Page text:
Civic News
Economics / Municipal government

Dominick Murray makes early exit from DBED

Murray, who had been with the department since 2007, has worked under Martin O'Malley dating back to his days in Baltimore City Hall.

Dominick Murray, Secretary of the Maryland Department of Business & Economic Development. Photo credit: Wendy Hickok.

Maryland Department of Business and Economic Development Secretary Dominick Murray is making an early exit from Gov. Martin O’Malley’s Cabinet.
Little more than two weeks before Gov.-elect Larry Hogan takes the oath of office, Murray resigned his post Monday. He was first appointed to head DBED in 2012.
Murray’s resignation was first reported by The Daily Record. A statement from Murray (including his future plans) was not available from a DBED spokeswoman, who confirmed the Record report. Prior to heading DBED, Murray had served as deputy secretary since 2007, and worked on economic development efforts for Baltimore city under then-Mayor O’Malley.
Hogan has yet to name his pick to lead DBED.
The move comes as Hogan has signaled a change of direction for the agency’s economic development priorities.
Murray isn’t the first O’Malley cabinet official to exit ahead of Hogan’s inauguration. Health Secretary Joshua Sharfstein stepped down at the end of December for a job at the Johns Hopkins Bloomberg School of Public Health.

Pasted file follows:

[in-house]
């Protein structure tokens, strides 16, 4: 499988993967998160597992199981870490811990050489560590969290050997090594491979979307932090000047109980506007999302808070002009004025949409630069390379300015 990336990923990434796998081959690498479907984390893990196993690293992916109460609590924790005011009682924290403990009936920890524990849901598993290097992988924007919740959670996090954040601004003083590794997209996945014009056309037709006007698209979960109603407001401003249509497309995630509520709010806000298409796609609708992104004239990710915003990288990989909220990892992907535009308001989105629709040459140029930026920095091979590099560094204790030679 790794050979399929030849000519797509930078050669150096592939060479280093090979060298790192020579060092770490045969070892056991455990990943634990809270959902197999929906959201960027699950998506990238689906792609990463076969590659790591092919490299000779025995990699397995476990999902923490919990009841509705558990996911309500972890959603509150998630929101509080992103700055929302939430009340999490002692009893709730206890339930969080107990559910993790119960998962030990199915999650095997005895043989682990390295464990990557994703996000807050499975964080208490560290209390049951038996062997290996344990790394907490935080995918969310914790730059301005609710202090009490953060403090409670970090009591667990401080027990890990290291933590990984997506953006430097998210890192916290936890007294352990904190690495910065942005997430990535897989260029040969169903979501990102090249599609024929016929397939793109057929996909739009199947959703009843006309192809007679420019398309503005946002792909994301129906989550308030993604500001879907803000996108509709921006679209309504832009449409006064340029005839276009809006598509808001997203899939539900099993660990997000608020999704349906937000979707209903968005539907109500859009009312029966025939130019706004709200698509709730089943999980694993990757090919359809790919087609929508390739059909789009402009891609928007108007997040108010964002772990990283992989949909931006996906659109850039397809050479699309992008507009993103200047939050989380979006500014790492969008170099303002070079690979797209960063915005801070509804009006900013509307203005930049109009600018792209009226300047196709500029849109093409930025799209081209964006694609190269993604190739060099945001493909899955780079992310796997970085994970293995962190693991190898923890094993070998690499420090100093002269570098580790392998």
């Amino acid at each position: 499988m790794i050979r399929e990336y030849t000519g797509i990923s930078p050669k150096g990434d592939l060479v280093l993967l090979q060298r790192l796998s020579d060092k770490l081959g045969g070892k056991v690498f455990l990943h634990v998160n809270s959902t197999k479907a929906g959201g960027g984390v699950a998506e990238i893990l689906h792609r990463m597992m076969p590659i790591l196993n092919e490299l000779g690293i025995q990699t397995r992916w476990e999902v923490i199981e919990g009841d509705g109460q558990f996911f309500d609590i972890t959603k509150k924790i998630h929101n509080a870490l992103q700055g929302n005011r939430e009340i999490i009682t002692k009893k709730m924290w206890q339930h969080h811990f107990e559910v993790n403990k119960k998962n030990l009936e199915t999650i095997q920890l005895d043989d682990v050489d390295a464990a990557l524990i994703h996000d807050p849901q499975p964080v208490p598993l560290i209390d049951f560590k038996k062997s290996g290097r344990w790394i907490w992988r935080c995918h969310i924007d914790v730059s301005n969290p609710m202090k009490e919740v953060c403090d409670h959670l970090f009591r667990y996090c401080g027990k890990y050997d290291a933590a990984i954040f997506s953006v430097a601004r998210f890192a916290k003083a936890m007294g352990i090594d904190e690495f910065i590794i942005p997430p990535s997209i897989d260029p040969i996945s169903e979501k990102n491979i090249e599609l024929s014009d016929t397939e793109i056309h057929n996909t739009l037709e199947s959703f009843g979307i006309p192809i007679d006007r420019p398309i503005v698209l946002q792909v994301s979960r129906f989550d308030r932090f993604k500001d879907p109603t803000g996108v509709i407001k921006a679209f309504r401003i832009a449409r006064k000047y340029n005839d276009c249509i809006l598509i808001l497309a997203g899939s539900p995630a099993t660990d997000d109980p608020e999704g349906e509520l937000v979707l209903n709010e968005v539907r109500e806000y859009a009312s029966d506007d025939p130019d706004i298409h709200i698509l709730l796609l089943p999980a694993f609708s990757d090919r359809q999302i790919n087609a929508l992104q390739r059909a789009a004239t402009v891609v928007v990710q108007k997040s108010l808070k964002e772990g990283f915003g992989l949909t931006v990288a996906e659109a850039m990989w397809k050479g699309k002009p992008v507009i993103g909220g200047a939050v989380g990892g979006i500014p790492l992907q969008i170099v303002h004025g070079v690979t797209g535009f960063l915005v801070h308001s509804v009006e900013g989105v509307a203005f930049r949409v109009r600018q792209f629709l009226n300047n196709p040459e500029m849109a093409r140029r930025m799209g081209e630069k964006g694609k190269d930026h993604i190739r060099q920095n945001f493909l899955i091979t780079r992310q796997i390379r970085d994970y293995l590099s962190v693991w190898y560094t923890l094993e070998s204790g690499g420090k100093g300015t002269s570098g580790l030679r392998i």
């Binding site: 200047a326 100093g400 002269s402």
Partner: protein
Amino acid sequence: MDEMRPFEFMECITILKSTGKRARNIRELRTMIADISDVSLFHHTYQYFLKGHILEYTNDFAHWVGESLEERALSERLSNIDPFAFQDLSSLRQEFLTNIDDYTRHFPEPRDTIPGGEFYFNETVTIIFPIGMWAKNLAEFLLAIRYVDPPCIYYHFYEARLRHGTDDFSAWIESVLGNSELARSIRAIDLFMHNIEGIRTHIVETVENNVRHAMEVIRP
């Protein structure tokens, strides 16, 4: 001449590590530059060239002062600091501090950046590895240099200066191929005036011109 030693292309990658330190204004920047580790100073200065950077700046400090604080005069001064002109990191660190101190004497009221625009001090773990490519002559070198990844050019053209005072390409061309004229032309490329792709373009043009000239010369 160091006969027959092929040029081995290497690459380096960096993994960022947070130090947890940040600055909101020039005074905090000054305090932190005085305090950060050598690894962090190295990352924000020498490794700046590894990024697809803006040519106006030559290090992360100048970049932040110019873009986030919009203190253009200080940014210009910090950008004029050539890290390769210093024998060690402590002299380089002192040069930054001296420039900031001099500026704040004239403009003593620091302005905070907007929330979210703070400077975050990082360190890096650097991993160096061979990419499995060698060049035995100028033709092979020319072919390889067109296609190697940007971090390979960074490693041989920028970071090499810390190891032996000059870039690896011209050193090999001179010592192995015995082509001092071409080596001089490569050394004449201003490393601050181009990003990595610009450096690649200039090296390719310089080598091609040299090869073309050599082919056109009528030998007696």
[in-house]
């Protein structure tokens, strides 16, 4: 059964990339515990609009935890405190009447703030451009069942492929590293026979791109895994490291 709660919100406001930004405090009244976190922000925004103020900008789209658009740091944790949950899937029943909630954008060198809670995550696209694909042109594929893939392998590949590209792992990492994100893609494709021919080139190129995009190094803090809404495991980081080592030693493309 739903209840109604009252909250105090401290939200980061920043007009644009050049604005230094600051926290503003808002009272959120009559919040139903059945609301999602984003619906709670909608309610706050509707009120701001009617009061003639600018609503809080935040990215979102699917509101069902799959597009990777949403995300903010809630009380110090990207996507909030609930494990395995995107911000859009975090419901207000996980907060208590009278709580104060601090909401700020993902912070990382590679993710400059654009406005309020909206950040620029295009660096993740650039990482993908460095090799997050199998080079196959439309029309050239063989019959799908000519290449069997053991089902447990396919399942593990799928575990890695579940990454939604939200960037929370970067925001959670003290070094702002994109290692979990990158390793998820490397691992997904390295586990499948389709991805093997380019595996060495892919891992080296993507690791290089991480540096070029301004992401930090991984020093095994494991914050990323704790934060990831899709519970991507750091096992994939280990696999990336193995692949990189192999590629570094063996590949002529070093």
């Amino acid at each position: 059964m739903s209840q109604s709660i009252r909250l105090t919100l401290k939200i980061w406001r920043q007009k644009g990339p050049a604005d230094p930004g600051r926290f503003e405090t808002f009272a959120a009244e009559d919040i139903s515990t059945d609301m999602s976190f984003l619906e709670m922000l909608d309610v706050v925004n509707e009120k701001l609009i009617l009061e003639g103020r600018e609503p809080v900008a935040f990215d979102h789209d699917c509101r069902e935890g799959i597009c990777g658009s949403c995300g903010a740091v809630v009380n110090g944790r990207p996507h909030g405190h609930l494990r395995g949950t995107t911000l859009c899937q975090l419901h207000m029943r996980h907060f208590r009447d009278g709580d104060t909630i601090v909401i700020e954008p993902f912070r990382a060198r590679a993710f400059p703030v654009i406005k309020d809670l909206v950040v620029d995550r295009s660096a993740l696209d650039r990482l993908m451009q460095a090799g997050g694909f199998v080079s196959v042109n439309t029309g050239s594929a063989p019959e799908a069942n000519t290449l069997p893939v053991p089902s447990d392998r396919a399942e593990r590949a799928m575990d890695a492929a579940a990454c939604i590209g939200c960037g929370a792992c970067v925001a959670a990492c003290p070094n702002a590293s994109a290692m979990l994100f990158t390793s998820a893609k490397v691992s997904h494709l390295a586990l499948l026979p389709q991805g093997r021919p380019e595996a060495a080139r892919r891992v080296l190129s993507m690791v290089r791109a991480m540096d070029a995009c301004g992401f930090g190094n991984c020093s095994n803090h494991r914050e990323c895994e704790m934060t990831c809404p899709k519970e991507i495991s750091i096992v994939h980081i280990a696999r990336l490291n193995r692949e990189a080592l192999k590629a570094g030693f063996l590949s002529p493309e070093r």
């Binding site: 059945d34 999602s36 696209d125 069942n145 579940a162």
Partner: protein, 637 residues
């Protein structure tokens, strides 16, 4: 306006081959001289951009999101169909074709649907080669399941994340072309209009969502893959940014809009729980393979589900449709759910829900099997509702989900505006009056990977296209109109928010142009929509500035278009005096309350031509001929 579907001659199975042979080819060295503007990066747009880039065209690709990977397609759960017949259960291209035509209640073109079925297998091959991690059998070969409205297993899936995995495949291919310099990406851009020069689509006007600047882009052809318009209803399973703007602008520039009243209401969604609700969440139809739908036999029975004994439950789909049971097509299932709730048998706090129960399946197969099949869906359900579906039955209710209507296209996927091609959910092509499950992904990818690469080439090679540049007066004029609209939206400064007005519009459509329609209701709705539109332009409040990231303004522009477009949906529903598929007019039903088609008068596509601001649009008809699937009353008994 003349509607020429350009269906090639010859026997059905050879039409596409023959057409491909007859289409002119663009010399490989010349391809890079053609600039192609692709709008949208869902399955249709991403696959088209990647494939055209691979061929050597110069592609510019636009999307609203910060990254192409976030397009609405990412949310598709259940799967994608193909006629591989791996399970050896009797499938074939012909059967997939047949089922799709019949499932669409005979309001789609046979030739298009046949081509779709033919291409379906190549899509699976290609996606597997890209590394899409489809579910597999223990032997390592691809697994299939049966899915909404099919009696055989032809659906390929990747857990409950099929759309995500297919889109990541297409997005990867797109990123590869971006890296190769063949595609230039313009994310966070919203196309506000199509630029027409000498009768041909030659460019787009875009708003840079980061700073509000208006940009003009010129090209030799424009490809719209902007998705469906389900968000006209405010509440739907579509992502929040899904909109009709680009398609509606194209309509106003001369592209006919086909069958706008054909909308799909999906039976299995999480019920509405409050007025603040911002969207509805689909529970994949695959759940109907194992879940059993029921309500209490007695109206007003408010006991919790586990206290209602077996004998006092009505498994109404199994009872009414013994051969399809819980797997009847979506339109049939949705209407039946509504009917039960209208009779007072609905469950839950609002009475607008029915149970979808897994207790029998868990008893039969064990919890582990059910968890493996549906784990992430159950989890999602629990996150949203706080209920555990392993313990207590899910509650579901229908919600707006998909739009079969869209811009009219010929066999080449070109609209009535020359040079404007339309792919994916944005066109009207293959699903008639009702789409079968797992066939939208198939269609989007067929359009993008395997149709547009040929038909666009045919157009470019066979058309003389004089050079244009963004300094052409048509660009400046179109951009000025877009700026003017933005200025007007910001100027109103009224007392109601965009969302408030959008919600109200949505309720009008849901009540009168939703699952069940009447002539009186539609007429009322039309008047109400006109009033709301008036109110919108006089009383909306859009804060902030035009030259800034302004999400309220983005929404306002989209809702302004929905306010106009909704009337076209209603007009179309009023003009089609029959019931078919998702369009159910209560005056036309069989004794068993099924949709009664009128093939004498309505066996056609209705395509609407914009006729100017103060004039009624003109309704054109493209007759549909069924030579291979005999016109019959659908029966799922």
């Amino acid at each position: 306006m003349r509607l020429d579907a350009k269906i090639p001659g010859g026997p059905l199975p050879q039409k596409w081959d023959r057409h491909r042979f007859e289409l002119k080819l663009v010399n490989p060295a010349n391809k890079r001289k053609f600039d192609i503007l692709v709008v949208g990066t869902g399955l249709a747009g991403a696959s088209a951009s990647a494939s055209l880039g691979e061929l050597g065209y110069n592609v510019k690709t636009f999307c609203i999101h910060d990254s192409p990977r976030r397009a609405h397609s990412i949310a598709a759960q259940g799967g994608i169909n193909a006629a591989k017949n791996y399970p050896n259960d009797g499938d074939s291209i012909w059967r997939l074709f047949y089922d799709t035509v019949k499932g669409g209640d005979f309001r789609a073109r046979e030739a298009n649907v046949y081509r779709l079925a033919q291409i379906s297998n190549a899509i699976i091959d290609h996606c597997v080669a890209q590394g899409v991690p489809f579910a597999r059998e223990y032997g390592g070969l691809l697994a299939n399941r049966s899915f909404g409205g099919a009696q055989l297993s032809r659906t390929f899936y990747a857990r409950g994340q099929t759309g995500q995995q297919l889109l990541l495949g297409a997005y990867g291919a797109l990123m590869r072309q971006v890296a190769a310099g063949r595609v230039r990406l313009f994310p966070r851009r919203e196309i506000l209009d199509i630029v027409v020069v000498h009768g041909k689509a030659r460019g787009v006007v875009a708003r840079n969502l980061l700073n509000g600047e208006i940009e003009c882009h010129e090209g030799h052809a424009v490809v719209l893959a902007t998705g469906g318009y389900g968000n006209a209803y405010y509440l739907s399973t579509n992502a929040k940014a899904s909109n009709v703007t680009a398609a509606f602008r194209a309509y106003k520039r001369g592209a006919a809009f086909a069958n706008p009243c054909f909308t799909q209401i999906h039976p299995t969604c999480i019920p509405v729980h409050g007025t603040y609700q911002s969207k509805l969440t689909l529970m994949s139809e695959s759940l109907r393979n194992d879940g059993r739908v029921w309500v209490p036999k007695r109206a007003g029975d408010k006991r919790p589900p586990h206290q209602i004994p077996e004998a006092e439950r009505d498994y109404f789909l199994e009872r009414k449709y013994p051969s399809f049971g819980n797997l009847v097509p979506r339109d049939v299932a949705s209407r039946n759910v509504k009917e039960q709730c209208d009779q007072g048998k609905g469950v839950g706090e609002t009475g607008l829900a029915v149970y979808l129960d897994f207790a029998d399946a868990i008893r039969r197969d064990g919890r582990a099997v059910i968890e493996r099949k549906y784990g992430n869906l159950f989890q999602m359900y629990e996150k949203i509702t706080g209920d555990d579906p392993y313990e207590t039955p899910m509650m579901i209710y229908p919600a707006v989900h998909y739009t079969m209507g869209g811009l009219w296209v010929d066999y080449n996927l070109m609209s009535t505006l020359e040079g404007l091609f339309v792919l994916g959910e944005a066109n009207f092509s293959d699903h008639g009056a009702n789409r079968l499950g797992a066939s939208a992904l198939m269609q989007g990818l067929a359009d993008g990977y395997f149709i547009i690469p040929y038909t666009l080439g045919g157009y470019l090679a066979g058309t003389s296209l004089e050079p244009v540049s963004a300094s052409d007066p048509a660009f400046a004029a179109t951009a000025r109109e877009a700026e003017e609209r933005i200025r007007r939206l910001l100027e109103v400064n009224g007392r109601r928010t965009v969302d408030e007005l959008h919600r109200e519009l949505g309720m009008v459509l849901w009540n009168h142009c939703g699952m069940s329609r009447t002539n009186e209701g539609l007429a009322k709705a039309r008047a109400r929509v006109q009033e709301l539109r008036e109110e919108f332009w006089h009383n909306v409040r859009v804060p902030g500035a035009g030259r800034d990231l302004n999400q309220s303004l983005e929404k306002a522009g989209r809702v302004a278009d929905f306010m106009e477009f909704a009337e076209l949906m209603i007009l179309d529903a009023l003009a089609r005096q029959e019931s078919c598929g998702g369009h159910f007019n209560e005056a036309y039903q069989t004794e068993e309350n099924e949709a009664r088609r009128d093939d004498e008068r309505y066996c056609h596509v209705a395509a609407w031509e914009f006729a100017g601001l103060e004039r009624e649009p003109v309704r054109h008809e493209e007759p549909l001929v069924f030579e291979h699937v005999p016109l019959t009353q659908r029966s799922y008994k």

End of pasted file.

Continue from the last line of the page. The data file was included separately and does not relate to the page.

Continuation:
Companies: Maryland Department of Commerce

Before you go...

Please consider supporting to keep our independent journalism strong. Unlike most business-focused media outlets, we don’t have a paywall. Instead, we count on your personal and organizational support.

3 ways to support our work:
  • Contribute to the Journalism Fund. Charitable giving ensures our information remains free and accessible for residents to discover workforce programs and entrepreneurship pathways. This includes philanthropic grants and individual tax-deductible donations from readers like you.
  • Use our Preferred Partners. Our directory of vetted providers offers high-quality recommendations for services our readers need, and each referral supports our journalism.
  • Use our services. If you need entrepreneurs and tech leaders to buy your services, are seeking technologists to hire or want more professionals to know about your ecosystem, has the biggest and most engaged audience in the mid-Atlantic. We help companies tell their stories and answer big questions to meet and serve our community.
The journalism fund Preferred partners Our services

Join our growing Slack community

Join 5,000 tech professionals and entrepreneurs in our community Slack today!


Here’s how the global tech outage impacted many of the vital systems across the mid-Atlantic region

This suburban Baltimore tech company played a key role in Apple TV+’s ‘Lady in the Lake’

From Big Tech to a big bank, this leader puts innovation at the forefront of her entire career

Ready to start marketing your startup? 3 crucial questions all founders should ask

Technically Media